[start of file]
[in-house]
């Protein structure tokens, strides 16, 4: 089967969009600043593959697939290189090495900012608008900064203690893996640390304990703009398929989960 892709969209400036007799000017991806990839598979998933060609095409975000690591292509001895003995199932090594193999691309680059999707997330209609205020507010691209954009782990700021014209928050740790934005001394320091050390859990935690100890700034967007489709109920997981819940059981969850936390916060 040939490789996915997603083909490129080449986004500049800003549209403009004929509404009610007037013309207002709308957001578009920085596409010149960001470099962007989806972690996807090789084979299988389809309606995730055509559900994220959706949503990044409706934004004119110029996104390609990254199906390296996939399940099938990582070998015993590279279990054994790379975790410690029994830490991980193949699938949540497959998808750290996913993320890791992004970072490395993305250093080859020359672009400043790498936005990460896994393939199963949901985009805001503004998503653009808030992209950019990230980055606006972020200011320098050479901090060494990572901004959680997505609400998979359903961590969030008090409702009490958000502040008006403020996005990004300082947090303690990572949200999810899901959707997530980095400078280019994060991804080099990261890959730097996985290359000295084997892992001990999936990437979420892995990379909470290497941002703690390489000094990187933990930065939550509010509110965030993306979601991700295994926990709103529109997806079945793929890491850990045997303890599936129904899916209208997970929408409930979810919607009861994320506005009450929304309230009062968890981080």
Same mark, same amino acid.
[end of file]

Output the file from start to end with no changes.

[in-house]
């Protein structure tokens, strides 16, 4: 089967969009600043593959697939290189090495900012608008900064203690893996640390304990703009398929989960 892709969209400036007799000017991806990839598979998933060609095409975000690591292509001895003995199932090594193999691309680059999707997330209609205020507010691209954009782990700021014209928050740790934005001394320091050390859990935690100890700034967007489709109920997981819940059981969850936390916060 040939490789996915997603083909490129080449986004500049800003549209403009004929509404009610007037013309207002709308957001578009920085596409010149960001470099962007989806972690996807090789084979299988389809309606995730055509559900994220959706949503990044409706934004004119110029996104390609990254199906390296996939399940099938990582070998015993590279279990054994790379975790410690029994830490991980193949699938949540497959998808750290996913993320890791992004970072490395993305250093080859020359672009400043790498936005990460896994393939199963949901985009805001503004998503653009808030992209950019990230980055606006972020200011320098050479901090060494990572901004959680997505609400998979359903961590969030008090409702009490958000502040008006403020996005990004300082947090303690990572949200999810899901959707997530980095400078280019994060991804080099990261890959730097996985290359000295084997892992001990999936990437979420892995990379909470290497941002703690390489000094990187933990930065939550509010509110965030993306979601991700295994926990709103529109997806079945793929890491850990045997303890599936129904899916209208997970929408409930979810919607009861994320506005009450929304309230009062968890981080």
Same mark, same amino acid.